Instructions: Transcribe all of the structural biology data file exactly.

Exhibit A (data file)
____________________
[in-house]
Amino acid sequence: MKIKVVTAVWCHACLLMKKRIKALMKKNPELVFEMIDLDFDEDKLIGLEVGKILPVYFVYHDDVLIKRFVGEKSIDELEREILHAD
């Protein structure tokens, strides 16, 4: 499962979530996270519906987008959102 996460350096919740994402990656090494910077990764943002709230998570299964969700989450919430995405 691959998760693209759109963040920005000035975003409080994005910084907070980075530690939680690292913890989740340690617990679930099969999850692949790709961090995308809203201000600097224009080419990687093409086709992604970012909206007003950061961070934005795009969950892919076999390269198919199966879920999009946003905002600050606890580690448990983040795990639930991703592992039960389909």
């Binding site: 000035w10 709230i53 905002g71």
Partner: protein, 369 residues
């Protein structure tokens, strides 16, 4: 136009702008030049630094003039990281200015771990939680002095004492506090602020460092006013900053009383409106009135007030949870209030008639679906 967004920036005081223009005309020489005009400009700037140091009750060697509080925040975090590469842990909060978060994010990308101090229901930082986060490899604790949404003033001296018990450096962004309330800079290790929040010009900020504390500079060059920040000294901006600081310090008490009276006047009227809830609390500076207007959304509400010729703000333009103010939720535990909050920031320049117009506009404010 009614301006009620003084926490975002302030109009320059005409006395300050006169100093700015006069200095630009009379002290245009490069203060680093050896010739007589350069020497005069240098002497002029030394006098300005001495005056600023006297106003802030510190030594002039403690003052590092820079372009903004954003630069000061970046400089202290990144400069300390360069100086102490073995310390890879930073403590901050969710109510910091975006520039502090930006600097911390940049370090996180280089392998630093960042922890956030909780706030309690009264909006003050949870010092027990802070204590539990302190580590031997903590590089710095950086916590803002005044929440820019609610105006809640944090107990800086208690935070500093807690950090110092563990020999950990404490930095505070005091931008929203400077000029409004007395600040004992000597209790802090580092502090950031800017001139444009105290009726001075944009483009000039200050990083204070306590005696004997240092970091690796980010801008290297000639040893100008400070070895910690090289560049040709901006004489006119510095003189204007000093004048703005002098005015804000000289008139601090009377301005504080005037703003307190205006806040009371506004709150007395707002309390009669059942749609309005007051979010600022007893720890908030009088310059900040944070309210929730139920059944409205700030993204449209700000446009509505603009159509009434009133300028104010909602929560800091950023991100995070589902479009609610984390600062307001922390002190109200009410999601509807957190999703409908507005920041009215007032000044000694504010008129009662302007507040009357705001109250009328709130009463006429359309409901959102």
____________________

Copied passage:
[in-house]
Amino acid sequence: MKIKVVTAVWCHACLLMKKRIKALMKKNPELVFEMIDLDFDEDKLIGLEVGKILPVYFVYHDDVLIKRFVGEKSIDELEREILHAD
């Protein structure tokens, strides 16, 4: 499962979530996270519906987008959102 996460350096919740994402990656090494910077990764943002709230998570299964969700989450919430995405 691959998760693209759109963040920005000035975003409080994005910084907070980075530690939680690292913890989740340690617990679930099969999850692949790709961090995308809203201000600097224009080419990687093409086709992604970012909206007003950061961070934005795009969950892919076999390269198919199966879920999009946003905002600050606890580690448990983040795990639930991703592992039960389909």
């Binding site: 000035w10 709230i53 905002g71």
Partner: protein, 369 residues
């Protein structure tokens, strides 16, 4: 136009702008030049630094003039990281200015771990939680002095004492506090602020460092006013900053009383409106009135007030949870209030008639679906 967004920036005081223009005309020489005009400009700037140091009750060697509080925040975090590469842990909060978060994010990308101090229901930082986060490899604790949404003033001296018990450096962004309330800079290790929040010009900020504390500079060059920040000294901006600081310090008490009276006047009227809830609390500076207007959304509400010729703000333009103010939720535990909050920031320049117009506009404010 009614301006009620003084926490975002302030109009320059005409006395300050006169100093700015006069200095630009009379002290245009490069203060680093050896010739007589350069020497005069240098002497002029030394006098300005001495005056600023006297106003802030510190030594002039403690003052590092820079372009903004954003630069000061970046400089202290990144400069300390360069100086102490073995310390890879930073403590901050969710109510910091975006520039502090930006600097911390940049370090996180280089392998630093960042922890956030909780706030309690009264909006003050949870010092027990802070204590539990302190580590031997903590590089710095950086916590803002005044929440820019609610105006809640944090107990800086208690935070500093807690950090110092563990020999950990404490930095505070005091931008929203400077000029409004007395600040004992000597209790802090580092502090950031800017001139444009105290009726001075944009483009000039200050990083204070306590005696004997240092970091690796980010801008290297000639040893100008400070070895910690090289560049040709901006004489006119510095003189204007000093004048703005002098005015804000000289008139601090009377301005504080005037703003307190205006806040009371506004709150007395707002309390009669059942749609309005007051979010600022007893720890908030009088310059900040944070309210929730139920059944409205700030993204449209700000446009509505603009159509009434009133300028104010909602929560800091950023991100995070589902479009609610984390600062307001922390002190109200009410999601509807957190999703409908507005920041009215007032000044000694504010008129009662302007507040009357705001109250009328709130009463006429359309409901959102």